in retrospect
A pattern of events that by their nature
was unpredictable
of course
with a few
tiny alterations
along the way
could have meant
that at 4.30 in the morning on that day
at that time
I could have been somewhere completely different
All of which
brings me
to what this conversation is about
That moment in Macedonia
was a connective moment
but equally important
it was a valued moment
A point in time when I felt vividly alive
On that trip there were many such moments
It helps that I was in a strange land
a place unfamiliar to me
somewhere I had scarcely been aware of
until a few weeks earlier
It also helped that the trip was filled with surprises
the spring like weather
the beauty of the place
the intensity of our collective experience
the changes we all went through
The strange and the unexpected
often jolts us out of the numbness of everyday routines
and enable us to meet
those moments we value
even in the quiet moments
of everyday routine
we can
find valued moments
Even in the most familiar circumstance
that flash of value
as we experience
the beauty of a shadow on a wall
the taste of a mouthful food
the conversation that takes us to places we didn’t expect
the piece of work well done
the expression of love that penetrates our deepest being
even moments of intense grief
or loss
can be moments where we are paying full attention
to the wonder of our being
I began this conversation by asking
about how we live
and whether we could do it better
And here I come to a tentative answer
to my own question
Yes I believe we could live our lives more fully
but what does that mean
It means I think
a life more filled with valued moments
Some fourteen years ago or so
I was sitting with my son
at that time a very young child
when I had an epiphany
For much of my life
I had feared death
and had struggled with the intransience of life
Even in the moments I was enjoying myself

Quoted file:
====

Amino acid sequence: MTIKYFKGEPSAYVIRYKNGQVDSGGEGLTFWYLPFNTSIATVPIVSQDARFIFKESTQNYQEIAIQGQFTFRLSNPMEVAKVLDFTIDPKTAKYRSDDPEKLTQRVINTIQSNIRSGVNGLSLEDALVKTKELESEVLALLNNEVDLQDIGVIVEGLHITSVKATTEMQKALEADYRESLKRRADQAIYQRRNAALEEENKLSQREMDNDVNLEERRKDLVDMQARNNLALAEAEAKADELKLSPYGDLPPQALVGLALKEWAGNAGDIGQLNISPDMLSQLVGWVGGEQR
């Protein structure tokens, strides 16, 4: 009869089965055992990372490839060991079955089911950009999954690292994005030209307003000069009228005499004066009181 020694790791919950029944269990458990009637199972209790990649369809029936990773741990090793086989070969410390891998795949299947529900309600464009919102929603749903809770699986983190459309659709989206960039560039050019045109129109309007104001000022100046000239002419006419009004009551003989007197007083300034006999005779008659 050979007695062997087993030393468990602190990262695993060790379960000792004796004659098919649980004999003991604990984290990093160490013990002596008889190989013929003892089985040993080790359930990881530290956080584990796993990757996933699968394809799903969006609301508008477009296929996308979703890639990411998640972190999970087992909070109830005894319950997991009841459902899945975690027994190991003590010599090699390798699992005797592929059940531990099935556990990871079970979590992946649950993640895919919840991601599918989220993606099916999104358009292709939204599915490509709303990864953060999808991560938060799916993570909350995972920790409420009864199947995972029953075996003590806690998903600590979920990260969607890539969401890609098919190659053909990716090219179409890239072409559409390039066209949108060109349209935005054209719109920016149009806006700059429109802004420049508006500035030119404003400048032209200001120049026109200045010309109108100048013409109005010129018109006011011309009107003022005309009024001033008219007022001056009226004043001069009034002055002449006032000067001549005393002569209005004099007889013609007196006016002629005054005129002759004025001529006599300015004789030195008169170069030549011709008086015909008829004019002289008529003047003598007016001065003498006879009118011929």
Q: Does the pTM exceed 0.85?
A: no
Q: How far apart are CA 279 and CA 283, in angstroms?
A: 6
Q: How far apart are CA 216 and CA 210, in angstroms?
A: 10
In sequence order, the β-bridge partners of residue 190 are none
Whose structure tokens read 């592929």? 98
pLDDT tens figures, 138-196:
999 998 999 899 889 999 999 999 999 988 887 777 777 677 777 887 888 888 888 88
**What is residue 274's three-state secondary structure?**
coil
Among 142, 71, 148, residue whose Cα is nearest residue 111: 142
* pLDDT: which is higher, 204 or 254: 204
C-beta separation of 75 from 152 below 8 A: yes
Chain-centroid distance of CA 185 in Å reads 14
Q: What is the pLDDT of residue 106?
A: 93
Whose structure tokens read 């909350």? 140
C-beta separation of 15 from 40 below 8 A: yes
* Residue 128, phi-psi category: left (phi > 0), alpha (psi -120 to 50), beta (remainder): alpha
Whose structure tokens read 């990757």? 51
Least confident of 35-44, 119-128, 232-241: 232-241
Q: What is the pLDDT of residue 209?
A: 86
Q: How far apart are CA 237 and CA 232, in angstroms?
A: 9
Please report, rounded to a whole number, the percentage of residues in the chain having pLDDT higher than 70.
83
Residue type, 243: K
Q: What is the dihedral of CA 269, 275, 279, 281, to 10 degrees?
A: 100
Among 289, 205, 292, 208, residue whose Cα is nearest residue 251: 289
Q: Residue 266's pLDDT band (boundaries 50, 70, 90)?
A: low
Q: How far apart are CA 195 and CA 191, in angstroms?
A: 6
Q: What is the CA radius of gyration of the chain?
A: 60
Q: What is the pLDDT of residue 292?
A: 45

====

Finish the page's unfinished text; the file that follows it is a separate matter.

I was conscious that
the moment would pass
slipping through my hands
and be gone forever
My life was dominated
a kind of discontent
an inability
to really experience now
a life lived
in a future that still hadn’t happened
a past which couldn’t be undone
A way of living
I suspect
that is not uncommon
A way of life
which we cope with
by anesthetizing ourselves
against our knowledge
of how precarious our lives are
and the inevitability of mortality
But then sitting on a pile of cushions with my son
tuned into his rhythm
and pace
Just being in the here and a now
I suddenly had a taste of infinity
A realisation that nothing that happened
nothing that was experienced
could ever be destroyed
of course
this is true for everything we experience
It is all indestructible
I can’t help feeling
valued moments
are a better connection with the infinite
busy moments
lived for what they will achieve
for what they will get us
for where they will move us to in the ladder of ambition
I remember another moment
sitting with my friend
who knew she was to die
from the melanoma that riddled her system
sitting in my kitchen
the garden outside
bright with sunlight
and talking
about how her impending death
made her value
whatever time she had left
all the more
and how
she tried to live
a life
where what was important to her
her children
her husband
her family
the every day business of being
everything she valued was given prominence
and where much of the nonsense
that fills our lives
was put to one side
There was a truth to that part of her life
for all of us
each day may be our last
The motorcyclist who doesn’t see the car door open
The child walking to the market when the sniper’s bullet strikes
All the arbitrary incidents which mark our frailty
And yet we are infinite in our transience
and this is what I want to talk with you about
a way of being that offers a greater possibility
of valued moments
An approach to life I call
purposive drift
I make no claims to live my life this way
Sometimes I do
Sometimes I don’t
Like all of us I am prey to the same stupidities
the same vanities
the same fears
the same loss of nerve
the same desire for an anesthetized life
But over the years
the promise of purposive drift
has grown
It seems to make sense
and in the following pages
the sense it makes
is what I want to share with you
to see if my experience
connects with your experience
and whether
this conversation
will take us both to place
that neither of us expected